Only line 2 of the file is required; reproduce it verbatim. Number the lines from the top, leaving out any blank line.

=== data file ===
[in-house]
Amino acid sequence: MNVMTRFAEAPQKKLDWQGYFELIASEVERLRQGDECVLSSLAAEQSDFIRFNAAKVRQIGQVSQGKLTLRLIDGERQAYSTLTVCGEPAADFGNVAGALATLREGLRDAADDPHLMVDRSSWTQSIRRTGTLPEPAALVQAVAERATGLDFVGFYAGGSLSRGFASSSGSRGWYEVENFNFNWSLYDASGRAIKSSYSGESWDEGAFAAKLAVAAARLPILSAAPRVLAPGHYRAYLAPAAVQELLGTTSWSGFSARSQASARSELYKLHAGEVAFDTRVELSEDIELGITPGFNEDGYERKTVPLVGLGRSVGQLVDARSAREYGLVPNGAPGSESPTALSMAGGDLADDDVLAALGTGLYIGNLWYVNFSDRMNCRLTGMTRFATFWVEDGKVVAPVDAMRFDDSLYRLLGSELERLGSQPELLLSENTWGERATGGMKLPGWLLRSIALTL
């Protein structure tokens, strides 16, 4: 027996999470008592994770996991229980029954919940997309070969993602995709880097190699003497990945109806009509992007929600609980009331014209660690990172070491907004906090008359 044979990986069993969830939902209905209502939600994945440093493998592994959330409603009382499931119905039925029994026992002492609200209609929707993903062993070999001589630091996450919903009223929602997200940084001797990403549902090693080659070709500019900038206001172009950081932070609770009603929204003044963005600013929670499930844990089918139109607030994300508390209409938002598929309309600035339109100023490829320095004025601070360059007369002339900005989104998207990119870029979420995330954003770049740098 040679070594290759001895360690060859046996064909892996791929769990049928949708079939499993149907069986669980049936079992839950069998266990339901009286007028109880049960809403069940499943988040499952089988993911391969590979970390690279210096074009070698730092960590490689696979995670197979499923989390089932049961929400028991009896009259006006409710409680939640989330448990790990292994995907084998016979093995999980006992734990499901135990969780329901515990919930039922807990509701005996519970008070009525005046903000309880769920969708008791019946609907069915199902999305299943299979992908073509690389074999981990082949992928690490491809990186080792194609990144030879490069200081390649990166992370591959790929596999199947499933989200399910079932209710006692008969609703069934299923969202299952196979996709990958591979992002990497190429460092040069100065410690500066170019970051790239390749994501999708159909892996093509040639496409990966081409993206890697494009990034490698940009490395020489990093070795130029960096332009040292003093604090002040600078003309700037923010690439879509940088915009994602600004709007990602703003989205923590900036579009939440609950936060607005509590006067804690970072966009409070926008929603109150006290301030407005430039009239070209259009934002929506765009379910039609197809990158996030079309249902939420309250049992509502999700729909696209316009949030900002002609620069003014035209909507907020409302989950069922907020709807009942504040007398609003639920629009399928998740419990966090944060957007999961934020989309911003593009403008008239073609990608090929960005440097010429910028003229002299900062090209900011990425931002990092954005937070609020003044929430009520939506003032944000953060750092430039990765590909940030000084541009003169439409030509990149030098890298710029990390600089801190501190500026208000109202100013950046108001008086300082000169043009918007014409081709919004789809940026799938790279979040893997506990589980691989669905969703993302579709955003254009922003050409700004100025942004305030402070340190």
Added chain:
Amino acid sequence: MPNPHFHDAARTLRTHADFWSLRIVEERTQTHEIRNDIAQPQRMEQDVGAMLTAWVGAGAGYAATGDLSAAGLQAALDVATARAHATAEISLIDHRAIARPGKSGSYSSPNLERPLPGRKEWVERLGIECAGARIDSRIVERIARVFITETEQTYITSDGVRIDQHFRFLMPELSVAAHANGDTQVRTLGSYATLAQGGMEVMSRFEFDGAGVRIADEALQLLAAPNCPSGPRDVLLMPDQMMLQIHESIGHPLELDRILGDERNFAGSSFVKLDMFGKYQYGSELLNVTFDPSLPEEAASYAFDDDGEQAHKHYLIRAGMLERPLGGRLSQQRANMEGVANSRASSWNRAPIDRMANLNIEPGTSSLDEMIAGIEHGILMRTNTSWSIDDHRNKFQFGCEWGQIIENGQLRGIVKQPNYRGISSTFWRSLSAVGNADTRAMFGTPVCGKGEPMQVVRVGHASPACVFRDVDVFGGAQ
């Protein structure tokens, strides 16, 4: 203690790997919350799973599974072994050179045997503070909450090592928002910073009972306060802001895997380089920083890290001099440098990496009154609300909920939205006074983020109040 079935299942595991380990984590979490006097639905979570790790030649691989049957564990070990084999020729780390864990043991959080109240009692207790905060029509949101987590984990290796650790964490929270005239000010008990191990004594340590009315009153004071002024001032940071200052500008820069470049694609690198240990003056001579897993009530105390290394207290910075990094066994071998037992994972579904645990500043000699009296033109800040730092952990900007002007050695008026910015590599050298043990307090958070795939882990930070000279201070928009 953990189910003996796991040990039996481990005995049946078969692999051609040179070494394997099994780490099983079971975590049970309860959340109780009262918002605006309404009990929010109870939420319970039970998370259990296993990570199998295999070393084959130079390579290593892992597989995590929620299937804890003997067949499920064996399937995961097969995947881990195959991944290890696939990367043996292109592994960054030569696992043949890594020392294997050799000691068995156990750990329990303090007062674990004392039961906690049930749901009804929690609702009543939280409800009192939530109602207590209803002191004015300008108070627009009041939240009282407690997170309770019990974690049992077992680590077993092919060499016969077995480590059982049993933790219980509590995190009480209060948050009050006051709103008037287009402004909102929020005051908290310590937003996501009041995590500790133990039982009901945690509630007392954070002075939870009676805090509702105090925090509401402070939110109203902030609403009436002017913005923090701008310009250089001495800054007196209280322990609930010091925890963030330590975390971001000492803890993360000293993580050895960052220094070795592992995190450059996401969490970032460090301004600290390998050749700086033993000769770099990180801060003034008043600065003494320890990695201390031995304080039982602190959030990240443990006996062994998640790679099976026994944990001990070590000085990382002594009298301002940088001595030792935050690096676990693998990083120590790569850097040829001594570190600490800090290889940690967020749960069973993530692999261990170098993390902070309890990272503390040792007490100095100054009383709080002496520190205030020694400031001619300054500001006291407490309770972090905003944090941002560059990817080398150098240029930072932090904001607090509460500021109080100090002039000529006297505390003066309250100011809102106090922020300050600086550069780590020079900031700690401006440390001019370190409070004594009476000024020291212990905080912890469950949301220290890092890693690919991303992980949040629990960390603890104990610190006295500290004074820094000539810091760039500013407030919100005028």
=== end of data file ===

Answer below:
Amino acid sequence: MNVMTRFAEAPQKKLDWQGYFELIASEVERLRQGDECVLSSLAAEQSDFIRFNAAKVRQIGQVSQGKLTLRLIDGERQAYSTLTVCGEPAADFGNVAGALATLREGLRDAADDPHLMVDRSSWTQSIRRTGTLPEPAALVQAVAERATGLDFVGFYAGGSLSRGFASSSGSRGWYEVENFNFNWSLYDASGRAIKSSYSGESWDEGAFAAKLAVAAARLPILSAAPRVLAPGHYRAYLAPAAVQELLGTTSWSGFSARSQASARSELYKLHAGEVAFDTRVELSEDIELGITPGFNEDGYERKTVPLVGLGRSVGQLVDARSAREYGLVPNGAPGSESPTALSMAGGDLADDDVLAALGTGLYIGNLWYVNFSDRMNCRLTGMTRFATFWVEDGKVVAPVDAMRFDDSLYRLLGSELERLGSQPELLLSENTWGERATGGMKLPGWLLRSIALTL